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Crohn's Disease Forum » Books, Multimedia, Research & News » Higher Dose Mesalamine Induction May Be Better for Refractory Ulcerative Colitis


04-17-2010, 01:12 AM   #1
David in Seattle
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Higher Dose Mesalamine Induction May Be Better for Refractory Ulcerative Colitis

Gastroenterology 2009;137:1880-1882,1934-1943.

In patients with moderately active ulcerative colitis, induction therapy with a 4.8 g/day mesalamine regimen is noninferior to induction with a 2.4 g/day regimen, and in fact, the higher dose may be more effective in difficult-to-treat patients, according to results of the randomized ASCEND III trial.

The international trial involved 772 patients with moderately active ulcerative colitis who were randomized to treatment with delayed release mesalamine given either with six 400-mg tablets each day, or six 800-mg tablets per day.

The primary endpoint was noninferiority of the higher versus the lower dose in terms of treatment success after 6 weeks. "Success" was defined as an improvement in Physician's Global Assessment score (with no worsening in any component), or complete remission.

In the December issue of Gastroenterology, Dr. William J. Sandborn of the Mayo Clinic, Rochester, Minnesota, and colleagues report that "the primary objective of noninferiority was met," given that improvement or remission was achieved in 66% of the 2.4 g/day group and 70% of the 4.8 g/day group (p = 0.17).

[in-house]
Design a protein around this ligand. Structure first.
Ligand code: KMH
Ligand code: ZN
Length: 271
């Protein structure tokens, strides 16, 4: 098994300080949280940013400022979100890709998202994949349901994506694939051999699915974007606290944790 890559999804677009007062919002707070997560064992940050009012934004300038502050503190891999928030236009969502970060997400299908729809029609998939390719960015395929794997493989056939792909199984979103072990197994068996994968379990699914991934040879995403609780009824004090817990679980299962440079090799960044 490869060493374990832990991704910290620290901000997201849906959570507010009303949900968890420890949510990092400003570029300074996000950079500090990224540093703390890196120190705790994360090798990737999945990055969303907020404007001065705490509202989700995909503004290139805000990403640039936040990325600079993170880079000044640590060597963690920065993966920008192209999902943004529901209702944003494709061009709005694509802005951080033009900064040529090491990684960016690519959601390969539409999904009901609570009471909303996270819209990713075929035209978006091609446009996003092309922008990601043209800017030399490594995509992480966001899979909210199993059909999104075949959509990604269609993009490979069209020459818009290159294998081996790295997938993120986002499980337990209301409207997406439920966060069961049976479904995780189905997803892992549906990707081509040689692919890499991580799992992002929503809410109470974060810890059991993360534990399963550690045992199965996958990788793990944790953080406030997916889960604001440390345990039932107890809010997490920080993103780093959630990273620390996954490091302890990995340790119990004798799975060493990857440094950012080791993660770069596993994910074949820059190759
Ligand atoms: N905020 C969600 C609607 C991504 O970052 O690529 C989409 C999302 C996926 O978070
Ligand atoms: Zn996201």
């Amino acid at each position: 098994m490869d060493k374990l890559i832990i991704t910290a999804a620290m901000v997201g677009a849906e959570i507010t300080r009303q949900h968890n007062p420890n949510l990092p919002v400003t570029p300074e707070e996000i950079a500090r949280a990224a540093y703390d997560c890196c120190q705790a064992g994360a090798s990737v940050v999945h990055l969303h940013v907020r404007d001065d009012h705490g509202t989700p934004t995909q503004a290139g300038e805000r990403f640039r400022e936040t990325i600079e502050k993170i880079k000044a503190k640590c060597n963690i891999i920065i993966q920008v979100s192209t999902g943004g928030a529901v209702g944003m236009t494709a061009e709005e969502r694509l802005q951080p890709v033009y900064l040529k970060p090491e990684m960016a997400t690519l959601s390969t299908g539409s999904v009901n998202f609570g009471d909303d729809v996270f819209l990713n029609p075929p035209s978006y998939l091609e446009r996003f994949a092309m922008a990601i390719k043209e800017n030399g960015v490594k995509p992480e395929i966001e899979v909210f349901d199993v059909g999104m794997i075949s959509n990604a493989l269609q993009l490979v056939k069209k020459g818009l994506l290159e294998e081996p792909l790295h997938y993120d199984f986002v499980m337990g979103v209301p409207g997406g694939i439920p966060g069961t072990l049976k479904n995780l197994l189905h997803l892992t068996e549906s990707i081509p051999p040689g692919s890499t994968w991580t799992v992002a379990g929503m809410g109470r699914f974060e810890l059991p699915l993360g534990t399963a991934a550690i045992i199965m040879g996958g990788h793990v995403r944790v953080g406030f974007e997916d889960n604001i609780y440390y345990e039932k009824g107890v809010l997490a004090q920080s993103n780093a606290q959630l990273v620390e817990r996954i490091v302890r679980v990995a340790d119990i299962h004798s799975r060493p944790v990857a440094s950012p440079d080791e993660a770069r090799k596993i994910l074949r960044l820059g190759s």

However, significantly more patients had clinical remission with the high dose than with the lower dose (43% vs 35%; p = 0.04).

"Treatment success at week 6 in favor of 4.8 g/day was generally consistent among most subgroups," the researchers report. "Of particular note" was the advantage of higher dose mesalamine for patients with refractory disease - particularly those who were previously treated with corticosteroids (p = 0.05), multiple ulcerative colitis drugs (p = 0.01), oral mesalamine (p = 0.07) or rectal therapies (p = 0.06).

Indeed, Dr. Sandborn commented by email, "Patients with moderate disease who have been previously treated with oral or rectal mesalamine or steroids appear to benefit most from the 4.8 g dose."

On the other hand, he added, "patients with mild disease and those with moderate disease who have not been previously treated can be successfully managed with mesalamine 2.4 g/day."

A similar proportion in both groups (about 9%) did not complete the study. The rate of adverse effects, which were mostly mild or moderate, was 20.6% in both treatment groups. Fifteen patients in each group (3.9%) withdrew from the study due to side effects. The most common cause of withdrawal was GI symptoms from ulcerative colitis.

In an accompanying editorial, Dr. Corey A. Siegel of Dartmouth-Hitchcock Medical Center, Lebanon, New Hampshire, points out that the study led to "approval of the 800-mg mesalamine tablet with labeling to allow for 4.8 g dosing, but also an ultimate result showing that for many patients 2.4 g is as good as the full dose."

The study was funded by Procter & Gamble Pharmaceuticals, Inc., which markets mesalamine as Asacol. Six of the 11 authors have financial relationships with Proctor & Gamble.
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